Anglian Water under fire as figures show water not far from King's College Chapel 'is 40% sewage'

This may look like a picture postcard, but according to the Lib Dems, just south of here, the River Cam running through Sheep's Green is 40% composed of treated sewage. Credit: ITV News Anglia

It's one of the picture-postcard scenes of East Anglia - but new figures suggest that almost half of the water flowing through Cambridge's Sheep's Green may in fact be raw sewage.

Sewage effluent is estimated to comprise 40% of the river flow through the picturesque city-centre spot near King's College, according to research done by the Liberal Democrats.

The findings have sparked fresh criticism of Anglian Water, which was ranked worst for failures in monitoring how much sewage it discharges - with nearly half of all its discharges (49%) not measured.

The figures - which the company says are out of date - show that it discharged untreated sewage for at least 1,689 hours in 2021, equivalent to more than four-and-a-half hours every day.

Anglian Water say the numbers are wrong and that they are monitoring nearly three quarters of all discharges. Credit: ITV News Anglia

Environmental journalist Terry Macalister has compared the damage being done to the River Cam to vandalism of Cambridge's iconic King's College Chapel.

He told ITV News Anglia that on one occasion while swimming in the river he thought he could smell sewage, and said that clean-up action needs to be immediate.

"I don't know what I'm swimming in and I don't know to what extent I'm endangering my health," he said.

"People have been sick from swimming in the river. These are chalk streams and they are very, very valuable in biodiversity terms.

"King’s College Chapel - which we all revere as a cultural icon for humans - we’d never let that be damaged in any way. You could argue that the river in its biodiversity terms is the equivalent of King’s College Chapel and yet we’re abusing it and that needs to stop.”

The former pop star Feargal Sharkey says water companies must be held to account. Credit: ITV News Anglia

Campaigners such as Feargal Sharkey, the former lead singer of The Undertones, who lives near the River Lee in Hertfordshire, say not enough is being done to tackle pollution.

"The whole thing is quite simply an organised rip-off, it's a crime being perpetrated upon all bill holders, that should fill all of us with an almighty righteous anger and fury," he said.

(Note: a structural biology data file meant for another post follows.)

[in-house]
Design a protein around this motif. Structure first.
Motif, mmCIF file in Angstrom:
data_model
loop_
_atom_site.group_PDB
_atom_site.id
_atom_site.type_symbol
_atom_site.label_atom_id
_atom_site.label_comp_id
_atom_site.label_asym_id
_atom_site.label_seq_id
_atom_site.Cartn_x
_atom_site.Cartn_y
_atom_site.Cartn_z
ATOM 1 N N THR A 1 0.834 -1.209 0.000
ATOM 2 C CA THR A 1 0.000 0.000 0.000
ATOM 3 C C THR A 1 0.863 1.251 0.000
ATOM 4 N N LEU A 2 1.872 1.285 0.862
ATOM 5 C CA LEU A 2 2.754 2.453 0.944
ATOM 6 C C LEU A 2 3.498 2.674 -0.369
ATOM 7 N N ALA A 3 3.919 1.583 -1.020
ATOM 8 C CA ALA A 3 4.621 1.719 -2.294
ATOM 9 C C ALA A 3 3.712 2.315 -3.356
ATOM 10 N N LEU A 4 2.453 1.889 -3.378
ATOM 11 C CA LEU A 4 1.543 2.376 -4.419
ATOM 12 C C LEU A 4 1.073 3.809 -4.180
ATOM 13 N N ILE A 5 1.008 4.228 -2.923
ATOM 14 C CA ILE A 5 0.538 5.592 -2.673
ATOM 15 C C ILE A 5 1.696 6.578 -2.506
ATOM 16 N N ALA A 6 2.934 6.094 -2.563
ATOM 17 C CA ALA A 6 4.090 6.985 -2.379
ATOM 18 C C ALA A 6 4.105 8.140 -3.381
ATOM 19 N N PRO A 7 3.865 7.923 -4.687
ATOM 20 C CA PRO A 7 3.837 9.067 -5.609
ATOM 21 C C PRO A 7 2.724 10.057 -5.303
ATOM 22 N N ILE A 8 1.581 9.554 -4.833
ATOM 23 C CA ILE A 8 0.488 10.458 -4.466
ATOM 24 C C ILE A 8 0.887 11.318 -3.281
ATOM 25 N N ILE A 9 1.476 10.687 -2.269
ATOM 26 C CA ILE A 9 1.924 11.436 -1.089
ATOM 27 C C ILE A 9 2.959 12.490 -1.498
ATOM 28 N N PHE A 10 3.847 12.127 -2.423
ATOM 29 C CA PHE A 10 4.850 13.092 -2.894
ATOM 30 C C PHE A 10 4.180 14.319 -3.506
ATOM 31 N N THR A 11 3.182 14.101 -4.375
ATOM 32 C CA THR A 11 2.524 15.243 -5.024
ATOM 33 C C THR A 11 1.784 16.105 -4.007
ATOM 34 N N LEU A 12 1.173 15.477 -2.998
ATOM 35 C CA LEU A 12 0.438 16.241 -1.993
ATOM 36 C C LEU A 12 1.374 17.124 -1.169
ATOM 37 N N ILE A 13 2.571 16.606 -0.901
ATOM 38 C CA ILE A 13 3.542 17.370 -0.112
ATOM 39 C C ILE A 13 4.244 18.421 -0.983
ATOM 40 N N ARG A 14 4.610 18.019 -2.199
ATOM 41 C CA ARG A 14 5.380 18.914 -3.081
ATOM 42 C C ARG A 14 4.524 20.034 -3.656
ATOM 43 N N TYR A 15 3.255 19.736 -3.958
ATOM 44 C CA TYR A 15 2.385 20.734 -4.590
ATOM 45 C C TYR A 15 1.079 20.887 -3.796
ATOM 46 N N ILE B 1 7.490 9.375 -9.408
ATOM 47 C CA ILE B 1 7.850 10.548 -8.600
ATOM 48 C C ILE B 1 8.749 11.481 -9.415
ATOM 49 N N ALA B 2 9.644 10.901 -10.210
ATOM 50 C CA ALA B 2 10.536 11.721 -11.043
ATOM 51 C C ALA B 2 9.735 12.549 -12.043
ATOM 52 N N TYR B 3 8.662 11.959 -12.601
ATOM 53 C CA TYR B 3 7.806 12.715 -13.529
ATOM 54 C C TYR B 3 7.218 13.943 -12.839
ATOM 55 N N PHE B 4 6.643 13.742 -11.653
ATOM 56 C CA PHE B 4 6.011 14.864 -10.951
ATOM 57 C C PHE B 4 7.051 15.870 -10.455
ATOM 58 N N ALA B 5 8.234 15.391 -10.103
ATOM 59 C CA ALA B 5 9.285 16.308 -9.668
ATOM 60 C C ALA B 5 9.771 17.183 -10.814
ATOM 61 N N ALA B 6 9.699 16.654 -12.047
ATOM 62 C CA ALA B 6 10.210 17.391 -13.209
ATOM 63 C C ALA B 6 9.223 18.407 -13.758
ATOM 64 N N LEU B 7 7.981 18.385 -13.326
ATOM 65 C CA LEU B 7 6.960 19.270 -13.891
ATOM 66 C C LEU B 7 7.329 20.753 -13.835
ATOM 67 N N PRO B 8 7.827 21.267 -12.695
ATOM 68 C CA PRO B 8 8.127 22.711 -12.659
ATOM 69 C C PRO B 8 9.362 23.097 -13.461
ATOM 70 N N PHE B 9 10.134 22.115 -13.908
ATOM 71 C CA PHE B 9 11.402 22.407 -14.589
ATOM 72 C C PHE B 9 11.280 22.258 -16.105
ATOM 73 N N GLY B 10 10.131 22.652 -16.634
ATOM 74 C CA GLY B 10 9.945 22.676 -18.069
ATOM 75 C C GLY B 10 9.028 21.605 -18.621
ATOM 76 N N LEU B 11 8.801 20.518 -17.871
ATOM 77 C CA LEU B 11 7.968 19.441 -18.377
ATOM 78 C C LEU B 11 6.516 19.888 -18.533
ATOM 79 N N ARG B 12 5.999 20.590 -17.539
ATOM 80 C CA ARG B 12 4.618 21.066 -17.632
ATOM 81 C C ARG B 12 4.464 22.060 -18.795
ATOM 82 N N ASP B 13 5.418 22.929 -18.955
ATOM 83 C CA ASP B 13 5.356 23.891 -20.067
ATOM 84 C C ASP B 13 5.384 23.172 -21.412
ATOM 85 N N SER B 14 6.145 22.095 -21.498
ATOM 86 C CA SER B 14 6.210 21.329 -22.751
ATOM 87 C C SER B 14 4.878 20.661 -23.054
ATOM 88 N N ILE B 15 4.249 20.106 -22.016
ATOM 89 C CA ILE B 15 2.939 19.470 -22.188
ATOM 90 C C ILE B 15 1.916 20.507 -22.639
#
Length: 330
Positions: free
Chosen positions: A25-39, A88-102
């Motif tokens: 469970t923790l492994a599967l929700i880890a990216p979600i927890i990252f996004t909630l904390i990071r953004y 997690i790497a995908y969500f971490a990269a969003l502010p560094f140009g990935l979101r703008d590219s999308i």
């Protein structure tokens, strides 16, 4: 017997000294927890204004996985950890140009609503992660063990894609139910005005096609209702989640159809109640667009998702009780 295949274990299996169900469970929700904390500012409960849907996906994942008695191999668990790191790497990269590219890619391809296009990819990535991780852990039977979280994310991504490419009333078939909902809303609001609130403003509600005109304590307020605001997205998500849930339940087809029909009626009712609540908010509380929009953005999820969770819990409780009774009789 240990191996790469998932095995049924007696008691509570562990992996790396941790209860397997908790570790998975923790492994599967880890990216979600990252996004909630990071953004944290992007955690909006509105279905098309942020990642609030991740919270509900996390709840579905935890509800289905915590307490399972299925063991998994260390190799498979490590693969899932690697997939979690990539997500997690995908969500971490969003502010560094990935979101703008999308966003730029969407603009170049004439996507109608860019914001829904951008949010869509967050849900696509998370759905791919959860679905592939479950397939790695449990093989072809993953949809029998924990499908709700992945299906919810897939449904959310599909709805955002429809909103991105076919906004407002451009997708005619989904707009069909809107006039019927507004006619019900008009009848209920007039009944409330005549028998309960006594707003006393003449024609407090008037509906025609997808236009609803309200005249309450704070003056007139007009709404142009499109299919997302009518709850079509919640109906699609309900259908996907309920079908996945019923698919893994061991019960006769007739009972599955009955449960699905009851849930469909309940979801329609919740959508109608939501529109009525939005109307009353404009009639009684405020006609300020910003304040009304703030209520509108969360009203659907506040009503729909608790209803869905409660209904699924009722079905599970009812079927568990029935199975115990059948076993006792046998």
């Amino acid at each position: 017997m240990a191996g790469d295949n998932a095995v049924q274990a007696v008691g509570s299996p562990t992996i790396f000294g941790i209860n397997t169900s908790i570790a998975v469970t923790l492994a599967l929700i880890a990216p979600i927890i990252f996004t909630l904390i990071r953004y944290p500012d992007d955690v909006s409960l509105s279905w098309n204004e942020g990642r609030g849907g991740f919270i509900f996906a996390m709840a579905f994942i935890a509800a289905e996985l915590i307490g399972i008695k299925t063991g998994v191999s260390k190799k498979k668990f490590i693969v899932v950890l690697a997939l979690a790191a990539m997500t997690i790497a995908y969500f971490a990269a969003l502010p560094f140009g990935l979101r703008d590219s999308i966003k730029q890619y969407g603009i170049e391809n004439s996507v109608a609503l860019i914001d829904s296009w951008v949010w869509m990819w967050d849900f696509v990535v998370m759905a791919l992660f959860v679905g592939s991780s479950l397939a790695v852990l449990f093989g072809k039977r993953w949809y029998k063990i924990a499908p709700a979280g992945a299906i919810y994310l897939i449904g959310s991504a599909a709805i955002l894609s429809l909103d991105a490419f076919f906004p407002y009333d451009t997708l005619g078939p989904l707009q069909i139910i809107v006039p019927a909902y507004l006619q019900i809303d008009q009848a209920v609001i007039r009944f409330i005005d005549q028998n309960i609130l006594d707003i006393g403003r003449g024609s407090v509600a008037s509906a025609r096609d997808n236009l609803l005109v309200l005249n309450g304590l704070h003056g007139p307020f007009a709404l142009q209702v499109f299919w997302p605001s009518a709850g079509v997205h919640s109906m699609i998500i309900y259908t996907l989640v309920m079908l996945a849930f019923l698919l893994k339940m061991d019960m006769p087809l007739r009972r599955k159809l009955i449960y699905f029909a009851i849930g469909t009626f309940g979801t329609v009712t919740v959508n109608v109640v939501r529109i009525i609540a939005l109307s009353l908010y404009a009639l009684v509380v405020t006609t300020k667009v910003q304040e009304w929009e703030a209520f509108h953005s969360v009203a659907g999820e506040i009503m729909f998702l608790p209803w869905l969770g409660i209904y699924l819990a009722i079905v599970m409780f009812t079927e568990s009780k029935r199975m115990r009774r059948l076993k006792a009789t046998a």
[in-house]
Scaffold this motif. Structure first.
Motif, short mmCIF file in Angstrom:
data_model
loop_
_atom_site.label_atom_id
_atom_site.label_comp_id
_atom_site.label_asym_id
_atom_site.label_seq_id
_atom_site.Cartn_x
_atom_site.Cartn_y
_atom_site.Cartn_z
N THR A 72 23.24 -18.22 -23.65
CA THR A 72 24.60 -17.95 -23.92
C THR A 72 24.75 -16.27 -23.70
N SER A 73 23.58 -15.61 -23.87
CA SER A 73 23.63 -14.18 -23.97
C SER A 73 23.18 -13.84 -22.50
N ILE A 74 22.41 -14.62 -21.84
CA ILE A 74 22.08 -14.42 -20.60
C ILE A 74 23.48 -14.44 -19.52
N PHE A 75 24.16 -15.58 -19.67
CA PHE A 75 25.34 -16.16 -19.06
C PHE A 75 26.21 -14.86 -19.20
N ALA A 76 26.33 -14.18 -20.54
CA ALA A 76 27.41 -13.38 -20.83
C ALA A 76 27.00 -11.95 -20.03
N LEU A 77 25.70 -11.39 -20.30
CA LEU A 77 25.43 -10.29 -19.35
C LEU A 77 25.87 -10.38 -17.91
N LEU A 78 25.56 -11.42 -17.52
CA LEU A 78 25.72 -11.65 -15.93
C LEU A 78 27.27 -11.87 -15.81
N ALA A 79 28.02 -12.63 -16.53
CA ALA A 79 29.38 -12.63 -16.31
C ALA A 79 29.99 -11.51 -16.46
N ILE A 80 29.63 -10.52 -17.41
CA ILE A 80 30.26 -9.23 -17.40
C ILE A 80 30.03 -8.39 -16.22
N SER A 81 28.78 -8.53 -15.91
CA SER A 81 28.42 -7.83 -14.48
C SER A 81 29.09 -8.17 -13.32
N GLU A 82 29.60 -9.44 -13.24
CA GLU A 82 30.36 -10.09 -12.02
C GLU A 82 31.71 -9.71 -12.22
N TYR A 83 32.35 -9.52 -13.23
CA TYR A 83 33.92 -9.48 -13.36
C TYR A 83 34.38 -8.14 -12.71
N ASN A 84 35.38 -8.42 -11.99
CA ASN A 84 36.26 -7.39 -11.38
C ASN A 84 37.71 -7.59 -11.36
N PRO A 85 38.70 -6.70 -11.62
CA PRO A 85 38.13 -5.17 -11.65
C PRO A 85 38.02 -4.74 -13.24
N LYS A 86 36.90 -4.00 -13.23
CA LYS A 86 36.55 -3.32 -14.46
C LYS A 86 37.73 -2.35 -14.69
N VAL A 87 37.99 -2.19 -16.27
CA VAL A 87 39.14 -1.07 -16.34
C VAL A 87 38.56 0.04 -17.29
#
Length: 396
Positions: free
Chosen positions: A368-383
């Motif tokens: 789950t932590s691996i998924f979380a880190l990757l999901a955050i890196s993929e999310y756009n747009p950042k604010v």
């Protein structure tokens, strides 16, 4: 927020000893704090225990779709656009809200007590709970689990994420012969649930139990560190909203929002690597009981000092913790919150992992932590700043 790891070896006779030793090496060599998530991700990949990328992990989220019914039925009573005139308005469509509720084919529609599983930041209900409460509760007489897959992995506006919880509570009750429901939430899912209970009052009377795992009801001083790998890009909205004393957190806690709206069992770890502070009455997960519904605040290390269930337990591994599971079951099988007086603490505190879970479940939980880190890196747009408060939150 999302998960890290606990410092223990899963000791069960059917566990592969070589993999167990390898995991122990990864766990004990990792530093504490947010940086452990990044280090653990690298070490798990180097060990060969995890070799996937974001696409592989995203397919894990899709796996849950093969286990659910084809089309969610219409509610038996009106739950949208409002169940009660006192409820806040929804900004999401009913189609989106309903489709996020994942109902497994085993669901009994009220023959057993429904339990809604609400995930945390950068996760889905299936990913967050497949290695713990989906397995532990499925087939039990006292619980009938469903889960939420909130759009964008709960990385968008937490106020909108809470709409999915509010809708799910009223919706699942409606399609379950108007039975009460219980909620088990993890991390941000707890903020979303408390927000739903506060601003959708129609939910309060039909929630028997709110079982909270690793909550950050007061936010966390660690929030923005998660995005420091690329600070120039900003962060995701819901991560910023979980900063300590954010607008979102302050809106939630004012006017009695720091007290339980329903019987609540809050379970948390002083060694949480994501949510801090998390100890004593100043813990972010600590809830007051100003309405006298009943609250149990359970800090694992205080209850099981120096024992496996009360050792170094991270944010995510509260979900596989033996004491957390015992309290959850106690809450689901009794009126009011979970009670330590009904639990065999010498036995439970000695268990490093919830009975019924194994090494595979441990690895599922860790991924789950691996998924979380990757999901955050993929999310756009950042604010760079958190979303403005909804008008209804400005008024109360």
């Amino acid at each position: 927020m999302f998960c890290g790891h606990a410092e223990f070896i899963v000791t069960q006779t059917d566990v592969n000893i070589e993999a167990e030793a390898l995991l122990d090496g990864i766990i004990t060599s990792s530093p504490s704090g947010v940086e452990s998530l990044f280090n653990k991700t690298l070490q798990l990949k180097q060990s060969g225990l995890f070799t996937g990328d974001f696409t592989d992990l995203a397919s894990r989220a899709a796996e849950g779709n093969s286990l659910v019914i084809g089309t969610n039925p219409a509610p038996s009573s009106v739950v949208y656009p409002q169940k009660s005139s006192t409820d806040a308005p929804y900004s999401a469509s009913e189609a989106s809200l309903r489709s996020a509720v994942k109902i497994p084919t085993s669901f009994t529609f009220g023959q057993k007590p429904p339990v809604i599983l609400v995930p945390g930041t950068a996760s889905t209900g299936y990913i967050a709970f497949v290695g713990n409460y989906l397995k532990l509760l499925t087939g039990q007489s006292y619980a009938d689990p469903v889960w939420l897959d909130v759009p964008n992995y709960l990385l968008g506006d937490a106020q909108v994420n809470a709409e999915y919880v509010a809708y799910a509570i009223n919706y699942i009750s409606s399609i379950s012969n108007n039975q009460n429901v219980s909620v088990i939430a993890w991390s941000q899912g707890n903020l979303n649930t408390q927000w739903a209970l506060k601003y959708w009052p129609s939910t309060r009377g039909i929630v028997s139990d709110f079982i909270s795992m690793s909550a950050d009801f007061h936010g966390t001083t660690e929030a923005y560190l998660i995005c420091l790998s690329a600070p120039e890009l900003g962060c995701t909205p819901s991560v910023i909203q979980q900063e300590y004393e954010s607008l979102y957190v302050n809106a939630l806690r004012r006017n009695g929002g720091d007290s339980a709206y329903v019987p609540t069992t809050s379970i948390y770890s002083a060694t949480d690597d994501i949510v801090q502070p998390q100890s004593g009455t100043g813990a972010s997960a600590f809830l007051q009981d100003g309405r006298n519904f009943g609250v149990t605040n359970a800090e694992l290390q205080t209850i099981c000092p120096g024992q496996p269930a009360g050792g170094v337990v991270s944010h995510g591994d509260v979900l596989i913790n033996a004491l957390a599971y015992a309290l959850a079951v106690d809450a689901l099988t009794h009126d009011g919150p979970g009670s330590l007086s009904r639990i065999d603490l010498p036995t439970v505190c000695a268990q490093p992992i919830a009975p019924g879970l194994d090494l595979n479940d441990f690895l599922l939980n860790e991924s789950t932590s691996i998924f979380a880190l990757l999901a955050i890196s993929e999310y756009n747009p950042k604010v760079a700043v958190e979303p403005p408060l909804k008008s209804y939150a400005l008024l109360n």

"The River Cam does not have the legal protection but suffers the same impact, over-abstraction for water supply and what remains of it is now being pumped full of sewage.

"It's a disgrace and the water companies now need to be held accountable for their actions and the impact their activities have had on the environment."

Anglian Water told ITV News Anglia that the number of storm spills is actually declining. Credit: ITV News Anglia

Anglian Water said the figures being discussed by the Lib Dems were historic and that the company was now monitoring nearly 75% of all discharges.

Company spokesperson Regan Harris told ITV News Anglia the number of storm spills was declining and that the company was investing money to deal with the issue.

“Monitoring is obviously very important, but it’s actually equally, if not more important, that we’re tackling the problem. So we’re investing £200m over a five-year period to basically stop storm spills or at least significantly reduce them.”

She said sewage was not the only pollution in the river, pointing to other causes, including from animals swimming in the water.

"We know that there is work to do there, we recognise we don't want our assets to be the reason for unhealthy rivers and seas, but there are lots of things in the natural environment that can also cause poor water quality for rivers - from ducks and other animals swimming in rivers, to agricultural run off, urban run off. There's lots of things people need to be mindful of when swimming."

The government has previously said it wanted to reduce discharges into bathing waters by 70% by 2035, and eliminate 160,000 incidents of sewage overflows by 2040.

Water minister Steve Double said earlier this week: "We are the first government to take action to tackle sewage overflows. Work on tackling sewage overflows continues at pace."

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